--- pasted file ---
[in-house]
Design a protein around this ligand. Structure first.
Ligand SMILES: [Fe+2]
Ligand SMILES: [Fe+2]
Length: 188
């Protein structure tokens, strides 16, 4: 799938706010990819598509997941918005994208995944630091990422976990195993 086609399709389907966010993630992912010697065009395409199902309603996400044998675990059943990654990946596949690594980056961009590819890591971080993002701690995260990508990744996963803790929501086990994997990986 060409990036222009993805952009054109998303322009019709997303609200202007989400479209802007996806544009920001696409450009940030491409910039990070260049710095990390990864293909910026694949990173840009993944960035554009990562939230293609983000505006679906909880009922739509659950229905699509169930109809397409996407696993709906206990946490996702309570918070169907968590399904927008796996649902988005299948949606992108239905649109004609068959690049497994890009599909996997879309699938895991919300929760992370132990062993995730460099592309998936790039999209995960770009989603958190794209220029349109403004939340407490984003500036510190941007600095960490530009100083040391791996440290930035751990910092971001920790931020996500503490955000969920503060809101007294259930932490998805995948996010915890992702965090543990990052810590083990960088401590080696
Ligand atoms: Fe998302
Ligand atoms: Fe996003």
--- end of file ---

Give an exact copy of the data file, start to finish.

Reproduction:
[in-house]
Design a protein around this ligand. Structure first.
Ligand SMILES: [Fe+2]
Ligand SMILES: [Fe+2]
Length: 188
């Protein structure tokens, strides 16, 4: 799938706010990819598509997941918005994208995944630091990422976990195993 086609399709389907966010993630992912010697065009395409199902309603996400044998675990059943990654990946596949690594980056961009590819890591971080993002701690995260990508990744996963803790929501086990994997990986 060409990036222009993805952009054109998303322009019709997303609200202007989400479209802007996806544009920001696409450009940030491409910039990070260049710095990390990864293909910026694949990173840009993944960035554009990562939230293609983000505006679906909880009922739509659950229905699509169930109809397409996407696993709906206990946490996702309570918070169907968590399904927008796996649902988005299948949606992108239905649109004609068959690049497994890009599909996997879309699938895991919300929760992370132990062993995730460099592309998936790039999209995960770009989603958190794209220029349109403004939340407490984003500036510190941007600095960490530009100083040391791996440290930035751990910092971001920790931020996500503490955000969920503060809101007294259930932490998805995948996010915890992702965090543990990052810590083990960088401590080696
Ligand atoms: Fe998302
Ligand atoms: Fe996003």